March 19, 2013 Fiction










Mary J. Breen


The parking lot was filling up around me, their headlights bouncing off my rear-view mirror. I sat gobbling my maple-dip donut and watching one old person after another make their way towards the lighted pathway. Just ahead of me, a tiny couple launched themselves out of an ancient white Cadillac, linked arms, and rocked away in unison, picking their way around the frozen puddles. The clock on the dashboard said 7:37; I couldn’t delay it any longer. All I had to do was get through the wake tonight and the funeral tomorrow and I could be gone by lunch. Short and sweet. Hello Gerald. Good-bye Roberta. And no time to talk about Paul.

I drained the last of my coffee, and thought of Lowell who drinks only revolting medicinal teas, and is forever warning us of the perils of caffeine and saturated fats. The younger ones at the bank love showing him the rich, gooey sandwiches and desserts they bring back from the deli, making him—every single time—purse his lips and say, “Think of your arteries, girls!” Lowell said I must call him the very moment I arrived as he’d be desperately worried, and if he hadn’t gone on to explain why I should call him, I’d probably have been touched by his concern, but then he went on to reveal that his concern was actually for the “negative health effects” of stress on him! The logic of a mortgage officer. Well, it was now 7:42; no time to call now. Speaking of stress, I knew Gerald would be in there glancing down the hall every time the door opened, checking his watch, tapping it to make sure it was still running.

McNabb’s Funeral Parlour had certainly come up in the world. Now you could mistake it for a classy restaurant with its shrub-lined walkway, glassed-in porch, and tasteful sign, not the kind of place where you’d expect to find the dead. But then marriage is no longer the kind of place you can always expect to find a husband either. As I pushed open the heavy inner door, the smell of fake flowers rushed at me along with a faint charred smell I didn’t want to think about. A busy organ was playing in the background. I hung up my coat, and turned to a long hallway lined with beige walls, beige carpets, and beige drapes. The chairs and side tables seemed to float in space; maybe the effect was intentional.

I headed for the Ladies where I discovered my suit was even more wrinkled than I feared. My lapel had a little grease spot, and my hair looked limper than ever. If death hadn’t stopped her, this would have given Roberta a perfect opportunity to point out that I looked like a tired mouse. “No pizzazz, Maureen! None at all.” Well, this time she was right. I wondered what she’d have thought of Cindy. Cindy probably has tons of pizzazz.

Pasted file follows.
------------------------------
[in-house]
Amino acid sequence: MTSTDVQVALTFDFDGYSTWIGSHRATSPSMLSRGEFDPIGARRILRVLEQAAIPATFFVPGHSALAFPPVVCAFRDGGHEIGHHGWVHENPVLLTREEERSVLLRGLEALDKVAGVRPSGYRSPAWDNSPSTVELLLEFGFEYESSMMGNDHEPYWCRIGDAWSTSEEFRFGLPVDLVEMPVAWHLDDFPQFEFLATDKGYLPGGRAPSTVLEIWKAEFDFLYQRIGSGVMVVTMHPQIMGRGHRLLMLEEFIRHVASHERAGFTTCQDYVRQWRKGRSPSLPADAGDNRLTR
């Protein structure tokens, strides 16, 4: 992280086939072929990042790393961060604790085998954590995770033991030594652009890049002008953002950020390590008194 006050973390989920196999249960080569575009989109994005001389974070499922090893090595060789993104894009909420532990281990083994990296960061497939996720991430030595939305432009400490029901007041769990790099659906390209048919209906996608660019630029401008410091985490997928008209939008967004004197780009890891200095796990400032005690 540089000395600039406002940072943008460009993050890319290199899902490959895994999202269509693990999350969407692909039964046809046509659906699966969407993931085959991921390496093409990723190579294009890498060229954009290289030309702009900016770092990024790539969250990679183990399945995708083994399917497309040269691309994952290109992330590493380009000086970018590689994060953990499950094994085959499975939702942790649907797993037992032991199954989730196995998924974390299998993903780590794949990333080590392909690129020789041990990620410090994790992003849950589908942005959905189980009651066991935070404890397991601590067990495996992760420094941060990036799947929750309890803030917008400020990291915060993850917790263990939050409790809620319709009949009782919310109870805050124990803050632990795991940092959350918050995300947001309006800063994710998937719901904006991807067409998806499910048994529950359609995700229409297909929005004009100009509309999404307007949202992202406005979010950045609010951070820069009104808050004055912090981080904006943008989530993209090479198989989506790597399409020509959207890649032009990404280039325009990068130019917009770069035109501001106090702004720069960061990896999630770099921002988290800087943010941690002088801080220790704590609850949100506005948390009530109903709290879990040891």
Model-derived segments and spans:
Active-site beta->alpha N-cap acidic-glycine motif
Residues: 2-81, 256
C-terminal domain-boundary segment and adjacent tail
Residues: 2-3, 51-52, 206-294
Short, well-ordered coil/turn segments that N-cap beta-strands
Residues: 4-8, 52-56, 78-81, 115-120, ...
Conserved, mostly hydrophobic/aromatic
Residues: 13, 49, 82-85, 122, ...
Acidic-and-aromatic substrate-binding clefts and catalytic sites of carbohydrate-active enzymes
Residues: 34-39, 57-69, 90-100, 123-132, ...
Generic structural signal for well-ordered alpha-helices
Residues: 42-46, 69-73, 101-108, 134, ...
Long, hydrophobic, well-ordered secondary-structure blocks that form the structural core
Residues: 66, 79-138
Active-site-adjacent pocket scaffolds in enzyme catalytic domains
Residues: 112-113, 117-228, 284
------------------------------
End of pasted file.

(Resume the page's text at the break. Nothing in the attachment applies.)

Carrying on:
Just in time, I remembered my wedding band. Sliding it onto my finger gave my heart more of a lurch than I’d expected. I swear my hand relaxed as it rebalanced itself against that familiar little weight. Of course it also reminded me of Paul, and that gave me another pang of guilt for not calling him about Roberta.

I took one more look in the mirror, and headed out. An elderly black-suited man was waiting in the hall, hands clasped. He bowed a greeting. “And whom are we visiting on this sad, sad day?” I pointed to the room at the end of the hall where I could see my uncle talking to an old woman. Gerald looked up, patted the woman’s hands, and rushed towards me, arms outstretched.

“Maureen, honey, you look tired,” he said.

“Well, yes,” I said. “A bit. Freezing rain down near the lake. But never mind. I made it. How are you, Gerald?”

He made a so-so sign with his hands. “No sign of Paul?”

I shook my head.

“Well, that’s a shame,” he said. “He and Robbie always got along. Don’t forget—you’re still married in the eyes of God.” I said nothing. It seemed to me God hadn’t been looking much lately.

Gerald put his arm through mine, and we walked over to Roberta’s casket. I hesitated for a second before joining him on the prie-dieu. Beside me stood two baskets of lilies and carnations, and a little pile of Mass Cards.

Since I wasn’t praying, I made myself look at Roberta sunken in among the pink satin, her face a disconcerting shade of blue thanks to a fluorescent electric cross tucked inside the lid. She looked no bigger than a ten-year-old, the age I’d been when she and Gerald had moved back to live with us in my grandmother’s house. I remember the big posters lining their bedroom walls: “Live at The Royal York. The Velvet Tones!” Roberta in her Grace Kelly dresses and high heels holding on to a huge mike, and Gerald at the piano with his narrow tie and dark suit, hands poised above the keys. Big smiles all around. But then came television, and soon most of Roberta and Gerald’s fans had deserted them. The Velvet Tones gave up The Big Time and moved home, Gerald to work as a self-taught landscape gardener, and Roberta to being wife to a man whose nails were never clean again.